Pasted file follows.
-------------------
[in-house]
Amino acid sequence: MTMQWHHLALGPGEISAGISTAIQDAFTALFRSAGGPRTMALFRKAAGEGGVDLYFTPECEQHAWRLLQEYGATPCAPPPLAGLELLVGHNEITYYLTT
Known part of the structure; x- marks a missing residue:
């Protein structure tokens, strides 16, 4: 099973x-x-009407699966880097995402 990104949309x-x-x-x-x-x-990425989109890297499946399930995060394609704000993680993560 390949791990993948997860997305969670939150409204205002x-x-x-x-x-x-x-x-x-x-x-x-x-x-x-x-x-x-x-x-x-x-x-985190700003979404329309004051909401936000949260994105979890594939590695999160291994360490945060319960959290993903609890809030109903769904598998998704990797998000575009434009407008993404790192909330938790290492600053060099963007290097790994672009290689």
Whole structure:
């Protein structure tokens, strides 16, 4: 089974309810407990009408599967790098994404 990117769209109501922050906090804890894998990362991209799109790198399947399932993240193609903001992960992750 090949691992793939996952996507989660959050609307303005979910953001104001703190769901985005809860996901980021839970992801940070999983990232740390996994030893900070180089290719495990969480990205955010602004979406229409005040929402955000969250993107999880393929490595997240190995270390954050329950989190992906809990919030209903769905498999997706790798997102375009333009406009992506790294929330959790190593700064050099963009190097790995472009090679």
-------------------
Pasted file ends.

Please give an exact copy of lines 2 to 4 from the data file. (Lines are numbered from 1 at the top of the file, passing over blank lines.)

Amino acid sequence: MTMQWHHLALGPGEISAGISTAIQDAFTALFRSAGGPRTMALFRKAAGEGGVDLYFTPECEQHAWRLLQEYGATPCAPPPLAGLELLVGHNEITYYLTT
Known part of the structure; x- marks a missing residue:
């Protein structure tokens, strides 16, 4: 099973x-x-009407699966880097995402 990104949309x-x-x-x-x-x-990425989109890297499946399930995060394609704000993680993560 390949791990993948997860997305969670939150409204205002x-x-x-x-x-x-x-x-x-x-x-x-x-x-x-x-x-x-x-x-x-x-x-985190700003979404329309004051909401936000949260994105979890594939590695999160291994360490945060319960959290993903609890809030109903769904598998998704990797998000575009434009407008993404790192909330938790290492600053060099963007290097790994672009290689």